These canons (or rules) for church organization and life and Christianmorals issued at a council held in Constantinople in 691/2 form the foundationof Byzantine Canon Law.
They show an intense concern to restore the properdiscipline of clerical life after the chaos brought about by the Arabinvasions.
The rules for the laity show a concern to secure obedience to theChurch's rules about marriage, proper respect for sacred space, and the suppressionof customs of pagan origin.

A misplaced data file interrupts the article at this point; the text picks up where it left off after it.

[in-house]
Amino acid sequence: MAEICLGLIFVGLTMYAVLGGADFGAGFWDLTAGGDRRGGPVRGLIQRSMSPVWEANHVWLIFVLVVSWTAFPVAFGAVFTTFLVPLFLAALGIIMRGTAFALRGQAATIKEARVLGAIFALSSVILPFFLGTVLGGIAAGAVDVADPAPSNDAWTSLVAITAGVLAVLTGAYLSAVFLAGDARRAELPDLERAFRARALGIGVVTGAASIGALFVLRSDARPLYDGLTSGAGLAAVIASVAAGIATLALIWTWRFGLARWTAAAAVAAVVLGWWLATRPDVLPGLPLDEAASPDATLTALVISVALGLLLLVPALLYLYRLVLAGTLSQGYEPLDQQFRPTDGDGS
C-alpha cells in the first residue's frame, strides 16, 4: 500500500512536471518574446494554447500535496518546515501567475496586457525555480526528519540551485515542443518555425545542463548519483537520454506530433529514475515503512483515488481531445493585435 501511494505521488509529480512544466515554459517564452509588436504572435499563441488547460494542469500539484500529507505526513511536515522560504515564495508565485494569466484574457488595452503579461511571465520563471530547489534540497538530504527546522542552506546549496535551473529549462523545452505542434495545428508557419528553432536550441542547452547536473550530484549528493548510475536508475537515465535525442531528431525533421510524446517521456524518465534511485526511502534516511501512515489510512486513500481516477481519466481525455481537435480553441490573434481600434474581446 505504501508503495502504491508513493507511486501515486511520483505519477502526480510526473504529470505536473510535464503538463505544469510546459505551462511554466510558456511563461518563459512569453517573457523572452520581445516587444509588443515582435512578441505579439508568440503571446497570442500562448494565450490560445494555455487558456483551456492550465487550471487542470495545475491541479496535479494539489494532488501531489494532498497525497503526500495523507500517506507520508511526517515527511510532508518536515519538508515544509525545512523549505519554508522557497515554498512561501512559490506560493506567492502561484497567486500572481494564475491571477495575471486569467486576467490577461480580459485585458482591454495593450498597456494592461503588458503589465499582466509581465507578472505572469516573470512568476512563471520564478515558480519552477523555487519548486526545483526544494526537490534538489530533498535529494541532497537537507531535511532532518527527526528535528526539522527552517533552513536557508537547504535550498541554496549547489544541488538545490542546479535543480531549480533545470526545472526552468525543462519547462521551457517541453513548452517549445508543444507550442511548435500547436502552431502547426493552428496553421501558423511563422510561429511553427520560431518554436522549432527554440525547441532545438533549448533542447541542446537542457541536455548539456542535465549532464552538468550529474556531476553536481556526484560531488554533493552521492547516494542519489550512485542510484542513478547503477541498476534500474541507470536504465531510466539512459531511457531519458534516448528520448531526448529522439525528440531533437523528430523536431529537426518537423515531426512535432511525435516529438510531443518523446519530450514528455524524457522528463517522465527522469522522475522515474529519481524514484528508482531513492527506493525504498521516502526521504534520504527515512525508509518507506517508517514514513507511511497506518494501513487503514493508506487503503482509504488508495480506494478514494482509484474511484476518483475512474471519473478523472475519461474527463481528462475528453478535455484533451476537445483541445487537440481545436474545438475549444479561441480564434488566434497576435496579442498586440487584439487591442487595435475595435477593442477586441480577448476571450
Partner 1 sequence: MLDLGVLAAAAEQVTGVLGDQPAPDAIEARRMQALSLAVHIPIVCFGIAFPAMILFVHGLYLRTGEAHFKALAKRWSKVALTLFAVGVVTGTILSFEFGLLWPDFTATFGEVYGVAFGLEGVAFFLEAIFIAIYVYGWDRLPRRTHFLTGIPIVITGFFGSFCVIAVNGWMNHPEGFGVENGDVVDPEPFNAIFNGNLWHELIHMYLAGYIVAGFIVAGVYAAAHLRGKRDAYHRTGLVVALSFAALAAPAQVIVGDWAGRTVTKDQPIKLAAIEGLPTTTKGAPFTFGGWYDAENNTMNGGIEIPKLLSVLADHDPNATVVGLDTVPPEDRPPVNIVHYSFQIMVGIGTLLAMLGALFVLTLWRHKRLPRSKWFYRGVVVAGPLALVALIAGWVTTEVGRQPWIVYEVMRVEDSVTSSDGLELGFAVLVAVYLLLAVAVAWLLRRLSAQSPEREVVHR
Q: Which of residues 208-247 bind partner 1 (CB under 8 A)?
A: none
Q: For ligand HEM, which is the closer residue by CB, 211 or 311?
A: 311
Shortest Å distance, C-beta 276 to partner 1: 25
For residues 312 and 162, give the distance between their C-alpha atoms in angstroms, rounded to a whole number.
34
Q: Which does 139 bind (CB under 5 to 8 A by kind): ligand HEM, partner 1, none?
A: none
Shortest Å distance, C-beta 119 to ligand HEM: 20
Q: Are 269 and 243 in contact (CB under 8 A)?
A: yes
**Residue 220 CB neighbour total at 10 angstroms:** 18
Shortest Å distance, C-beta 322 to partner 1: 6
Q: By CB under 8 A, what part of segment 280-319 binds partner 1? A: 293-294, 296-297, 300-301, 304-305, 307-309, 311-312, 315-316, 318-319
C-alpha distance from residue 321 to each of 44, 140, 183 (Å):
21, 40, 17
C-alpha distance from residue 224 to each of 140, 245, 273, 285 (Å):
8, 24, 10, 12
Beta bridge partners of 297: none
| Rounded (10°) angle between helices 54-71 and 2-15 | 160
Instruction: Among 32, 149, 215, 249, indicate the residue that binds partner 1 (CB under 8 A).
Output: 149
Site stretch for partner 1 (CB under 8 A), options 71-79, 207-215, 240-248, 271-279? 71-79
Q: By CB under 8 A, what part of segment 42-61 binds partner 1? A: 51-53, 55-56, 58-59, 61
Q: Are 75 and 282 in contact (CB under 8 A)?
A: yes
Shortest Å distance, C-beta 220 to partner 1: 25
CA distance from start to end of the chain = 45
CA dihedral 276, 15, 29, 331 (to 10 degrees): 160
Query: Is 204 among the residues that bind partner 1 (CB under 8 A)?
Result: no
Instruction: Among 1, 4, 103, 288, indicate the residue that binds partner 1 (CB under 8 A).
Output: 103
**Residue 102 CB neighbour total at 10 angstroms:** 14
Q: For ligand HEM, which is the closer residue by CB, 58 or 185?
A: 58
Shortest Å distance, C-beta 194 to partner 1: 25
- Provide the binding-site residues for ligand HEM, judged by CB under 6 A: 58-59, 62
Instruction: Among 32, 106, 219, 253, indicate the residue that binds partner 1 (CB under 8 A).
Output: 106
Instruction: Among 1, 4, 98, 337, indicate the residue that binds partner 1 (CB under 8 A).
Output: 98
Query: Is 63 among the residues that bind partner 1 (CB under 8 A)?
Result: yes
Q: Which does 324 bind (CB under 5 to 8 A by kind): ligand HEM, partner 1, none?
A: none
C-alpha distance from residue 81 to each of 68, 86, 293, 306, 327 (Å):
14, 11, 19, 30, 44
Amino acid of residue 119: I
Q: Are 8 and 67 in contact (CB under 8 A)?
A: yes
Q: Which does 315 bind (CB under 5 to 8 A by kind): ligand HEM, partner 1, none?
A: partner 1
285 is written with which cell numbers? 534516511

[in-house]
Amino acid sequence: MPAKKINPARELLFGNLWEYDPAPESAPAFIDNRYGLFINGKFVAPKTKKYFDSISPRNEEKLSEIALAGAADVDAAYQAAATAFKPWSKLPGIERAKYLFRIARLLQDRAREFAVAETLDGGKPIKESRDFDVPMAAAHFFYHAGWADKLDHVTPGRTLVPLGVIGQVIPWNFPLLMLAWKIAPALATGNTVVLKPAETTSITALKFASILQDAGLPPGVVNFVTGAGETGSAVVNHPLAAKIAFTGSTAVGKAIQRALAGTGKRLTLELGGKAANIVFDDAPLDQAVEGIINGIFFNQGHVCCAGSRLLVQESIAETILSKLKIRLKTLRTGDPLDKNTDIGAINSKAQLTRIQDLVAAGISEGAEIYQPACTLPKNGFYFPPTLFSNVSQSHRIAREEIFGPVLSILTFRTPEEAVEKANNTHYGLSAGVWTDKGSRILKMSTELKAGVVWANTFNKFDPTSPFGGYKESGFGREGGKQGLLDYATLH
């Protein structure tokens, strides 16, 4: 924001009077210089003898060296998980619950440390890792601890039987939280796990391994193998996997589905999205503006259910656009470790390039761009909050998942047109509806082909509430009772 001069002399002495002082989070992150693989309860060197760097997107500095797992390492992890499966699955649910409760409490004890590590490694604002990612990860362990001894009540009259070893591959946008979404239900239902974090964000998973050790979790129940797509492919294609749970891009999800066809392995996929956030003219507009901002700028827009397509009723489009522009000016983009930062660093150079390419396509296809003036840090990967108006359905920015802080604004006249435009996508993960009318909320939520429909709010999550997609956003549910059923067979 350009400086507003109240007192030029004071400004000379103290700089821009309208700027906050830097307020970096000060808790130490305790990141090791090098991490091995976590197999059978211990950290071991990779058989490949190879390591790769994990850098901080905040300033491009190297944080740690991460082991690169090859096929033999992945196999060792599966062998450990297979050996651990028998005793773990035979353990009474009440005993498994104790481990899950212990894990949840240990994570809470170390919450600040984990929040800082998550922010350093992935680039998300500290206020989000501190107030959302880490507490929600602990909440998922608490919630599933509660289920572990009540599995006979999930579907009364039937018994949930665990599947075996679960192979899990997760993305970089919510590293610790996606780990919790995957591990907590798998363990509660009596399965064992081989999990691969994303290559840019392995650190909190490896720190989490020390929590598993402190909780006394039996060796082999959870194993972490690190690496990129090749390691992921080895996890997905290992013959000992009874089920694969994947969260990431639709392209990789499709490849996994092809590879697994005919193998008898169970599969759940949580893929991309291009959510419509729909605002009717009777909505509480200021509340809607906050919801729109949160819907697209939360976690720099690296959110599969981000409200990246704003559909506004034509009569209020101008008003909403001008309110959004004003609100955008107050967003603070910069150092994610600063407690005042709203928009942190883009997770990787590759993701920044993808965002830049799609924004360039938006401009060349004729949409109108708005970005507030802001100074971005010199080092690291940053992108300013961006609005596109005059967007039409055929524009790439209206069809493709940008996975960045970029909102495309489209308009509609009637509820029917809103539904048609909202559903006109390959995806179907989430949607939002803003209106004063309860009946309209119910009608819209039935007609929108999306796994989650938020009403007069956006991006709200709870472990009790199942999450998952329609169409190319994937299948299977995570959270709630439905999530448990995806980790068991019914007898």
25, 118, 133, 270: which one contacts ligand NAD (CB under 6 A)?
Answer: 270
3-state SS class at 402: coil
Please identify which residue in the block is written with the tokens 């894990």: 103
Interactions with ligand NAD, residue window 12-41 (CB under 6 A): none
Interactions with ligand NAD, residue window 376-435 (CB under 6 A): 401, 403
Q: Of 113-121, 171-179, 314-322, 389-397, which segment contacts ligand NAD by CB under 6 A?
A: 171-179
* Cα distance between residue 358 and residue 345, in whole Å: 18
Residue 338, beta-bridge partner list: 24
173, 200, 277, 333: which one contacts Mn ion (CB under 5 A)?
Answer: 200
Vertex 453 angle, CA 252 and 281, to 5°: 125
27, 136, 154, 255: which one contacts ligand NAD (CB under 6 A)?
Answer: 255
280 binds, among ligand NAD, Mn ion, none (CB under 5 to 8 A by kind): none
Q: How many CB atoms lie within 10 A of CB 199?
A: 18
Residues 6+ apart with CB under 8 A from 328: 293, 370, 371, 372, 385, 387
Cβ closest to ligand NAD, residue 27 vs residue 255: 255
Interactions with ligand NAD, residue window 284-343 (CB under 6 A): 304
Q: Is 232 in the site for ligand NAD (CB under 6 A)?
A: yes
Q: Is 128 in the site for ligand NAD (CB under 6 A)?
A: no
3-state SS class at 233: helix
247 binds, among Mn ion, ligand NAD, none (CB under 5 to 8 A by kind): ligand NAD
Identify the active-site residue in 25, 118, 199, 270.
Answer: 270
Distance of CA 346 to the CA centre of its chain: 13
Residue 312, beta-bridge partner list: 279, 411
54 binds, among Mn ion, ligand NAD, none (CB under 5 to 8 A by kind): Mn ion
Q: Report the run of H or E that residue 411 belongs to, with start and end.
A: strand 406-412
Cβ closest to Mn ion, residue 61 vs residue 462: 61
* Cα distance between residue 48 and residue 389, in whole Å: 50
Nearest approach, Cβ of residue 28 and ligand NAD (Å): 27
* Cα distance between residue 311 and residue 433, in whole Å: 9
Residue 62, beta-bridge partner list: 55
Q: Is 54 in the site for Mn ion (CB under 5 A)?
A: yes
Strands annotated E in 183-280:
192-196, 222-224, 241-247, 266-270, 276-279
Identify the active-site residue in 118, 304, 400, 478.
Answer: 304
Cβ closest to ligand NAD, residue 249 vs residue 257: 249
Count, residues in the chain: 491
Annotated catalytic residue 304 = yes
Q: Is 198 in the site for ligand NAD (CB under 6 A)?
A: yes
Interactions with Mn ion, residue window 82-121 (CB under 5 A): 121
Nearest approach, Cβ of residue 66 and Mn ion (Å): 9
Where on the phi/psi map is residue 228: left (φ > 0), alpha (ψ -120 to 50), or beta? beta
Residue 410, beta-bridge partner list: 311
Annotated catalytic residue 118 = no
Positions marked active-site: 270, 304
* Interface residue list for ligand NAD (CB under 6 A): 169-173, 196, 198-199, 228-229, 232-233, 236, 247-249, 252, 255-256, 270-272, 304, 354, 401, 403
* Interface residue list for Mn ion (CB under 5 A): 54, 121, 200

Particular interest attaches to the canons that expressdisapproval of certain customs of the Western Church and of the ArmenianChurch.
Was this an attempt to impose Byzantine hegemony, or simply a revulsionat customs that seemed wrong?
The Byzantine emperor tried repeatedly to get thePope to give the new canons the stamp of his approval; his failure marks animportant stage in the mounting divergence between the Greek and the Roman Churches. The translation is accompanied by full annotation, while the introduction sets thecouncil in its historical context, in both the history of the early medievalworld and the development of Eastern Canon Law.